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The first elephant that was brought to England during historic times came in the Roman invasion of AD43, and is noted as being at Colchester. No further records of elephants in these islands exist until 1255 when Louis IX of France gave Henry III one for his menagerie that was housed at the Tower of London. Matthew Paris drew this animal for inclusion in his bestiary, and a contemporary carving of it can be seen on a misericord at Exeter Cathedral.
It is unlikely that too many elephants found their way across the English Channel during the Middle Ages, but the beast certainly became known through bestiaries similar to Matthew Paris's. These volumes collected drawings and writing about real and mythical animals. In particular they described the peculiar features of each animal, and what they symbolised. Church sculptors, painters, carvers and glaziers, as well as illustrators and writers made extensive use of these descriptions. Thus, the pelican represented Christ's sacrifice because it was said to peck its own breast and feed its offspring with its own blood, and can frequently be seen in church fittings doing just this. The Christian triumph over death and Christ's resurrection were associated with the phoenix, the mythical bird that rose from the dead in flames. Elephants often had a long entry in bestiaries, and were illustrated in warlike postures with small castles (howdahs) on their backs. They were described as intelligent, with a prodigious memory, gentle, afraid of mice, and protective of their comrades. However, this particular animal is more often associated with eastern religions than Christianity, though occasionally they can be seen in churches trampling snakes and representing Christ overcoming death and evil.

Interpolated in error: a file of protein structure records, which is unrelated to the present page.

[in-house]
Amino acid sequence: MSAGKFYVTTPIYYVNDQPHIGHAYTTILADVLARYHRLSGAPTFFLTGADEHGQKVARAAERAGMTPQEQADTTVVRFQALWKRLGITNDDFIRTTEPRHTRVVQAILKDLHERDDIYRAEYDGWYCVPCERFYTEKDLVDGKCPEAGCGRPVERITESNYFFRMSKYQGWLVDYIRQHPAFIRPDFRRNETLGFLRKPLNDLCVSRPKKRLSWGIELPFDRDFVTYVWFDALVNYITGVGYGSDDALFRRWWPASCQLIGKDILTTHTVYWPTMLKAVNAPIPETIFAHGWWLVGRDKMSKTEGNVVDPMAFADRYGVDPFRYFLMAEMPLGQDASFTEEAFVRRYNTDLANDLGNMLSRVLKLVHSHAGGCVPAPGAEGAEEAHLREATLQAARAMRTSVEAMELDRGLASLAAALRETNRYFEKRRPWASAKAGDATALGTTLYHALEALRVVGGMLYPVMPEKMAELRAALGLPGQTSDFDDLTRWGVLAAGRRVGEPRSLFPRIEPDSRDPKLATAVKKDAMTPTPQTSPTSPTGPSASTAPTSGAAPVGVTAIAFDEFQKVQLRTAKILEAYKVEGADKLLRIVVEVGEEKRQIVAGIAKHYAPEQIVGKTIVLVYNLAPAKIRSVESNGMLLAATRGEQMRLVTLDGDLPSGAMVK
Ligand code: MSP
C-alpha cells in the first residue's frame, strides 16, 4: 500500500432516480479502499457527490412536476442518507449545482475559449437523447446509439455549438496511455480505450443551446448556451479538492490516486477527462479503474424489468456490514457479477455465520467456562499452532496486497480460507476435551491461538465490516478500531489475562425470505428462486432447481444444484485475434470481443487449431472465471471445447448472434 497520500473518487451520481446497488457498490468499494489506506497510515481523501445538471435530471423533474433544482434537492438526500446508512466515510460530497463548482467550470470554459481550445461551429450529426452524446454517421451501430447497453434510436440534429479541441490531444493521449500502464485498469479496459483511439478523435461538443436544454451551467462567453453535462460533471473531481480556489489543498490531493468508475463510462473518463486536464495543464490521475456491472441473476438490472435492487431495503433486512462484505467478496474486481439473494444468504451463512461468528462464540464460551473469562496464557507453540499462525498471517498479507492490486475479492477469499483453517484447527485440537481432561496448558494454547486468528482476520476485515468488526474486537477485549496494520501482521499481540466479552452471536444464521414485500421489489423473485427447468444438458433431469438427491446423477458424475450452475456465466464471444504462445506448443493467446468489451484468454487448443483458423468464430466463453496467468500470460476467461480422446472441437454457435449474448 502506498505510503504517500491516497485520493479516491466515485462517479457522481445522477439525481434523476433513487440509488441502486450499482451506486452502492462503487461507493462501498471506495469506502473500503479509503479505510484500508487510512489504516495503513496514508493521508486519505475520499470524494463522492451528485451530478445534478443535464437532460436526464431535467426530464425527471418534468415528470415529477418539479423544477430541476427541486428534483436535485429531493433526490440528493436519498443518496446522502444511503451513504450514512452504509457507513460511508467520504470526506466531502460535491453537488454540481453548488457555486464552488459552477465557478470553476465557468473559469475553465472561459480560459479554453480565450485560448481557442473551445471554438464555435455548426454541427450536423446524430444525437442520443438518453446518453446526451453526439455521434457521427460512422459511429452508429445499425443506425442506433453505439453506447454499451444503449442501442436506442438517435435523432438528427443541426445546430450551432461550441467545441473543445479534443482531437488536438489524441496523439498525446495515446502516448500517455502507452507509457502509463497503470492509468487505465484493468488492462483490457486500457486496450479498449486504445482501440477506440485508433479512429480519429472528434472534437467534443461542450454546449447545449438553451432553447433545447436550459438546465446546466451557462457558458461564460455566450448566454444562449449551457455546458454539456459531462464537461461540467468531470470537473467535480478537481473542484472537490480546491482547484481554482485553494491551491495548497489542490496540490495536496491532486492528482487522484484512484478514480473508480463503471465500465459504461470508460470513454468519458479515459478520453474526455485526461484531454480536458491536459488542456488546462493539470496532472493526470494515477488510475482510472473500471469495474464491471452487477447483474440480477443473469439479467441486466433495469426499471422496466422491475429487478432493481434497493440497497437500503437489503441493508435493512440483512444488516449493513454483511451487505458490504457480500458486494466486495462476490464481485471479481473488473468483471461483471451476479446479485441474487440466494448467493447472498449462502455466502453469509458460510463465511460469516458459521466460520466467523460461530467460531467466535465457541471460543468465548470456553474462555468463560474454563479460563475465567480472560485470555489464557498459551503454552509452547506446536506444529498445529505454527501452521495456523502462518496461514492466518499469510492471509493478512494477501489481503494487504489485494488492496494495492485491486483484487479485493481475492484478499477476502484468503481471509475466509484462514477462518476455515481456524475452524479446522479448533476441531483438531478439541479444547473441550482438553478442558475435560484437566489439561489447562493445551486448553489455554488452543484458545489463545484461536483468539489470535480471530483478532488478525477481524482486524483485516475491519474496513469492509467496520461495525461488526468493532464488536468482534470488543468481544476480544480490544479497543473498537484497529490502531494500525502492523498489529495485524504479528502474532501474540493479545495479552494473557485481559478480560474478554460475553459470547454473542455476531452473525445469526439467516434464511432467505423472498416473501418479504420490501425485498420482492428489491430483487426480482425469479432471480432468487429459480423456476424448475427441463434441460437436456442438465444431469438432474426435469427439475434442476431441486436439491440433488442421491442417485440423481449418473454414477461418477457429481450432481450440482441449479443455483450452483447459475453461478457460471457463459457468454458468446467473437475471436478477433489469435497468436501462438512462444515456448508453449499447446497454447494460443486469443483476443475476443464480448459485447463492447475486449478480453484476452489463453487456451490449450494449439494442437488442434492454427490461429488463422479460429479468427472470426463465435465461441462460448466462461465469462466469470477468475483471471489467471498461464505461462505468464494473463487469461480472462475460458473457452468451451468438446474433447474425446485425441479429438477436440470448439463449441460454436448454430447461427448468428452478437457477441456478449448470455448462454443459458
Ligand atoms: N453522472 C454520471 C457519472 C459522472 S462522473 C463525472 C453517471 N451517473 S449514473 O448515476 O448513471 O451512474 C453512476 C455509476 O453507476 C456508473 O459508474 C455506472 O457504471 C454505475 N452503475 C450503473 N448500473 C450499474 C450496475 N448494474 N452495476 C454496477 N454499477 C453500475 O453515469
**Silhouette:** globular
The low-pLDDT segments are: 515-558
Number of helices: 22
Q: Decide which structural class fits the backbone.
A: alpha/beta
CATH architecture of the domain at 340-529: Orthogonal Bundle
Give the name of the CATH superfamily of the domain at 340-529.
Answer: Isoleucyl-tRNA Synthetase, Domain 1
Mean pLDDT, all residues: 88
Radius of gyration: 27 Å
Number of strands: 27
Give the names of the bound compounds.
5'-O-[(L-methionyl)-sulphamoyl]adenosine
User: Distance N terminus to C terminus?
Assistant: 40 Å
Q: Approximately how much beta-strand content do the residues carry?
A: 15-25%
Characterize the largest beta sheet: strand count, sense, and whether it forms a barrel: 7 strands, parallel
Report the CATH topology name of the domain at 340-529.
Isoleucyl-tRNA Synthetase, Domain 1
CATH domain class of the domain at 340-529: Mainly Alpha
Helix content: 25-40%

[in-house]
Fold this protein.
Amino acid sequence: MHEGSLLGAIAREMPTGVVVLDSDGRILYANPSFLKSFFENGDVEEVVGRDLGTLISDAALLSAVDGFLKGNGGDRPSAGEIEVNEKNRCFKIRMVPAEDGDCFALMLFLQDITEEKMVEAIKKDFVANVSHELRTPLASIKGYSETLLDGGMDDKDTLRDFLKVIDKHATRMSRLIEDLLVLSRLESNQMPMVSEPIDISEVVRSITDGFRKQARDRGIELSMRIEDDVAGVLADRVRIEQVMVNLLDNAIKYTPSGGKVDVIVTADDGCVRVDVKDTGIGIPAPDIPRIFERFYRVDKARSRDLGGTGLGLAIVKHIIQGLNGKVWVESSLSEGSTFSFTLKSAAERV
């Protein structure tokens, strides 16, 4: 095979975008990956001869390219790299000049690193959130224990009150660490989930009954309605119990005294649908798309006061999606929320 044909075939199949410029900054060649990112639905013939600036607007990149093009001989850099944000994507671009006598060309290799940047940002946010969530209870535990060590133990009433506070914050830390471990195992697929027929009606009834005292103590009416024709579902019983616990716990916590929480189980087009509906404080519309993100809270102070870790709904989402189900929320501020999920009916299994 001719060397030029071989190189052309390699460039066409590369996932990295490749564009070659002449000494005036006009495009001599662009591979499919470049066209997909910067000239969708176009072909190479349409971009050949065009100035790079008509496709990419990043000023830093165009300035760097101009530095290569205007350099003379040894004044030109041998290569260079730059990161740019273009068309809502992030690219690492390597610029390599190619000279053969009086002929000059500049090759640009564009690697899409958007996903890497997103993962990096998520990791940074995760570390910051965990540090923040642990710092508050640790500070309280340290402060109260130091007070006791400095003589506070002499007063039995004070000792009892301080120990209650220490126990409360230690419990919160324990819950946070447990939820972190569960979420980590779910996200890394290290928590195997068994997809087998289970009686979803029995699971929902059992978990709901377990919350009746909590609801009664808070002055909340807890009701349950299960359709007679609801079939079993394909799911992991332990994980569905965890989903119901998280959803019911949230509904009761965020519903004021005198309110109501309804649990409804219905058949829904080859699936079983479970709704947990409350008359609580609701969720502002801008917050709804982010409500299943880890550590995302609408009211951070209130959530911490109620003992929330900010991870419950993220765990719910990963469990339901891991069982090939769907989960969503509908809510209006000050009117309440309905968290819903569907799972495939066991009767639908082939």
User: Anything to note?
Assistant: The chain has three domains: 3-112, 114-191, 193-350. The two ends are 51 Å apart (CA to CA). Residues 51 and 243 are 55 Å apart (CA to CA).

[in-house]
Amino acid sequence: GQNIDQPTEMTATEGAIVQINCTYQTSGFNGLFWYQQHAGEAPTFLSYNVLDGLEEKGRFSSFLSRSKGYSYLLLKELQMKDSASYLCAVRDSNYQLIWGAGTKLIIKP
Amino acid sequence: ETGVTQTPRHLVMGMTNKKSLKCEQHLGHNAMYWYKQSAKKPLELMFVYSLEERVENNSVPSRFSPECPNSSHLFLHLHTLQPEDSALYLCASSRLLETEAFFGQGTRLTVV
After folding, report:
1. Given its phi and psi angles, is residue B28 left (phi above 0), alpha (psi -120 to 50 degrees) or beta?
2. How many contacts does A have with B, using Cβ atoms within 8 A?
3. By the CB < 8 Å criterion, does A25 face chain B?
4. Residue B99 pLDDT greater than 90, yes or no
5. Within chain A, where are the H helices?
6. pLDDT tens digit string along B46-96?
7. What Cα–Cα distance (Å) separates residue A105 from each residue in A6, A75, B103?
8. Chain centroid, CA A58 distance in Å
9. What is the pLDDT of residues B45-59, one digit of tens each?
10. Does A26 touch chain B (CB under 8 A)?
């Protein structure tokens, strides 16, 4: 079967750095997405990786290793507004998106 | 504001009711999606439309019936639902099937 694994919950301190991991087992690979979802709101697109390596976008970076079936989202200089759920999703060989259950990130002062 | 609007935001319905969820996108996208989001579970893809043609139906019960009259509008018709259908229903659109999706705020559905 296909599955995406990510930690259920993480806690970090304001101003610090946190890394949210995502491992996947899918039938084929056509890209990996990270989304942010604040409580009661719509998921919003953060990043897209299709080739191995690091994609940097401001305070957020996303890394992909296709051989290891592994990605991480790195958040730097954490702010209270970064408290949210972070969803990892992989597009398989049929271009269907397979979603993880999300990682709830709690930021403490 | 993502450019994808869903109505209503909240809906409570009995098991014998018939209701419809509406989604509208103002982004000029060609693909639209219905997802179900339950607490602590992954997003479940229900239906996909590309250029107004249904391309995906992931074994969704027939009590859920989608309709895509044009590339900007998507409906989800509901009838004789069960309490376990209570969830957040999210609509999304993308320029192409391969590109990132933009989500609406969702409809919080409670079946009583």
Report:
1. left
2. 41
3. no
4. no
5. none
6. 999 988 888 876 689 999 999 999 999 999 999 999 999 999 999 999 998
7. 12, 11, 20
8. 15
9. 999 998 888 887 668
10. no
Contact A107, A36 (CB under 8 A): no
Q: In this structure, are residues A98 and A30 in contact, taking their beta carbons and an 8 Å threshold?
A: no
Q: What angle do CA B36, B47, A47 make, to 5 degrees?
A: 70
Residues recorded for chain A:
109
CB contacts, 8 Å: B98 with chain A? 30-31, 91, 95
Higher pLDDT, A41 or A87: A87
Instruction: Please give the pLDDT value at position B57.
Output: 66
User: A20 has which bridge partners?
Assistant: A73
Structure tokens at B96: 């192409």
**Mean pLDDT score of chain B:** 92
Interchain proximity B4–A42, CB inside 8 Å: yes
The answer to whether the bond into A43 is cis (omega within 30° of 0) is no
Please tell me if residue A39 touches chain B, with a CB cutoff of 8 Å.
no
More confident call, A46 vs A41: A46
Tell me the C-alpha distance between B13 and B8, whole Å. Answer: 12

Today's photograph shows an elephant gargoyle on the church of St Peter & St Paul, Gosberton, Lincolnshire. It is the only gargoyle that I know in this form, and is contemporary with the tower which probably dates from the late 1300s. Did the people who carved this head ever see a real elephant? It's unlikely, but they would have been familiar with its illustration in the bestiaries, the inspiration for many of their grotesque and fantastic gargoyle faces. The lead spout formed into the animal's trunk catches one's eye when you look upwards, and probably dates from the church's Victorian restoration. However, I like to think that it was the medieval sculptors who first fitted one when they placed the head here as the exit for water draining from the top of the tower.
photograph & text (c) T. Boughen
Camera: Olympus E510
Mode: Aperture Priority
Focal Length: 150mm (300mm/35mm equiv.)
F No: f5.6
Shutter Speed: 1/1600
Exposure Compensation: -1.0 EV
Image Stabilisation: On